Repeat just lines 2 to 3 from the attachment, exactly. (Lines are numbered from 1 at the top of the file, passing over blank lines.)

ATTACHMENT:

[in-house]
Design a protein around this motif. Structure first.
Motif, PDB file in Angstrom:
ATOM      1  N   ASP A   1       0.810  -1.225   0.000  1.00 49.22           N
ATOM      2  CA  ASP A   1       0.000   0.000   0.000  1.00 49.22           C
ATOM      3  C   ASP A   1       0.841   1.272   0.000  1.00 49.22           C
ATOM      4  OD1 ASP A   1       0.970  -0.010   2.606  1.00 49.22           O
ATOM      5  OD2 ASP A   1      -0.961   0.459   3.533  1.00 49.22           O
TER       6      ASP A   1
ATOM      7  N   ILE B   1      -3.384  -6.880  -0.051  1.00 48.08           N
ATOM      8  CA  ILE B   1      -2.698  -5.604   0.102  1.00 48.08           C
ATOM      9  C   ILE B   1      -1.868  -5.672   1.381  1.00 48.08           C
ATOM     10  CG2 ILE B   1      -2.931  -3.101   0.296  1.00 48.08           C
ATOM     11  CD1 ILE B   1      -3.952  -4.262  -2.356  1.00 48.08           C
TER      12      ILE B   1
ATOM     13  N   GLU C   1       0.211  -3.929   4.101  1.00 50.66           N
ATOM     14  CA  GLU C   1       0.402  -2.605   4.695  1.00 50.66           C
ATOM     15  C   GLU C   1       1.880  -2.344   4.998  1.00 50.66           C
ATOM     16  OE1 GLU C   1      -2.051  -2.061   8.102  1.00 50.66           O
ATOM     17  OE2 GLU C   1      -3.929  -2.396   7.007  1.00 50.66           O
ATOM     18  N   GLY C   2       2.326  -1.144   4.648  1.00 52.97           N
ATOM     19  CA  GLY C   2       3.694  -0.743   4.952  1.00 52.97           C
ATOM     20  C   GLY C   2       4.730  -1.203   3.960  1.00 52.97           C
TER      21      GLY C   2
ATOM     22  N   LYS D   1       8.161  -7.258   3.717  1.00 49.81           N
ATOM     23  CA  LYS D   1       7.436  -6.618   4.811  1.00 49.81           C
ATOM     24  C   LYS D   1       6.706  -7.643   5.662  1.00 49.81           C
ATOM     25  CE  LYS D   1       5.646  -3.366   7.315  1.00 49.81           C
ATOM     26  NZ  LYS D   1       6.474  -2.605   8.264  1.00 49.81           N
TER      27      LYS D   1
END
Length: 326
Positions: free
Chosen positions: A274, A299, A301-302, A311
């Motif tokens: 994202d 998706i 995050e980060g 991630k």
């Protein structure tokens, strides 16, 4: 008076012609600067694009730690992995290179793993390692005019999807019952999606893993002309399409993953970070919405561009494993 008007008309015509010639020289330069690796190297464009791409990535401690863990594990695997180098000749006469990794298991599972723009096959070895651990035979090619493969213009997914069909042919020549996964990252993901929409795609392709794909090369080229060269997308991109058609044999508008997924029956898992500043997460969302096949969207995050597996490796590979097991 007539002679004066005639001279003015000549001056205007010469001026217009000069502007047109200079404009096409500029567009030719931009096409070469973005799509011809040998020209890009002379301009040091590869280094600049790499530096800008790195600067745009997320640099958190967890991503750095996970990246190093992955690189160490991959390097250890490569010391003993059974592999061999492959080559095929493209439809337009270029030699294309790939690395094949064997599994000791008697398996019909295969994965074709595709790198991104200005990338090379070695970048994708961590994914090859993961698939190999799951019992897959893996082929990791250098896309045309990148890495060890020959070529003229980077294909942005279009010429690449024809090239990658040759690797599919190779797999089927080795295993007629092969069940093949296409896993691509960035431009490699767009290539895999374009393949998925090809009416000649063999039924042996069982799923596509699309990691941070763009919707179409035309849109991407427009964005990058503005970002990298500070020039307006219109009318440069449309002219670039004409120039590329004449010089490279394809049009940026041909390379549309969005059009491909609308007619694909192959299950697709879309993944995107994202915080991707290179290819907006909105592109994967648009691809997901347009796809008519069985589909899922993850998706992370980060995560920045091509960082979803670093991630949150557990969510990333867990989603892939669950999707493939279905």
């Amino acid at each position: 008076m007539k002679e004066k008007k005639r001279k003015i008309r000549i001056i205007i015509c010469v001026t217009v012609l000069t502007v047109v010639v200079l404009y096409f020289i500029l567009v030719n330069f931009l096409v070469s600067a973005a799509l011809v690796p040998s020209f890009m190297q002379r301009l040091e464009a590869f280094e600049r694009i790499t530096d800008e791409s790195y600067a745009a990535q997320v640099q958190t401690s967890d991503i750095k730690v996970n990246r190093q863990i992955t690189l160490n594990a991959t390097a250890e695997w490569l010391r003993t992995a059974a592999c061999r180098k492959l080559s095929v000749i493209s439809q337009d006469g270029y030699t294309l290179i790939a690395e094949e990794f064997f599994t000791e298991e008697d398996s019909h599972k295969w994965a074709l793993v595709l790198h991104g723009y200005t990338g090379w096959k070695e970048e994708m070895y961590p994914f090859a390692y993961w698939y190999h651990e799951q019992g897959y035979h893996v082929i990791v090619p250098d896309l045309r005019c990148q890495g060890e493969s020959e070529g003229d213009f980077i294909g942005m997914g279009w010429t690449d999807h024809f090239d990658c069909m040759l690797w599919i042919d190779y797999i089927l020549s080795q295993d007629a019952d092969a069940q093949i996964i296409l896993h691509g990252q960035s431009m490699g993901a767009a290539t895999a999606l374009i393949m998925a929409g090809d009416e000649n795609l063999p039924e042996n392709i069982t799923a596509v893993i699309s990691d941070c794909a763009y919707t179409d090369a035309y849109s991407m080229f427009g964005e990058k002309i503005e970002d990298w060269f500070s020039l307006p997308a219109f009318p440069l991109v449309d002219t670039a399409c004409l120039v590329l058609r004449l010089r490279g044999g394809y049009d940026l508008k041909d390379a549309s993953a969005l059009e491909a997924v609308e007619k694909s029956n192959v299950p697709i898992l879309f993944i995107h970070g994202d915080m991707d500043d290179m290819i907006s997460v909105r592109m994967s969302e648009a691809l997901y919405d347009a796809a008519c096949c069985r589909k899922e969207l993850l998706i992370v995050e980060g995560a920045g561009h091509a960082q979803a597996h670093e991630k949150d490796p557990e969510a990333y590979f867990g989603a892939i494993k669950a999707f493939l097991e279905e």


Design a protein around this motif. Structure first.
Motif, PDB file in Angstrom: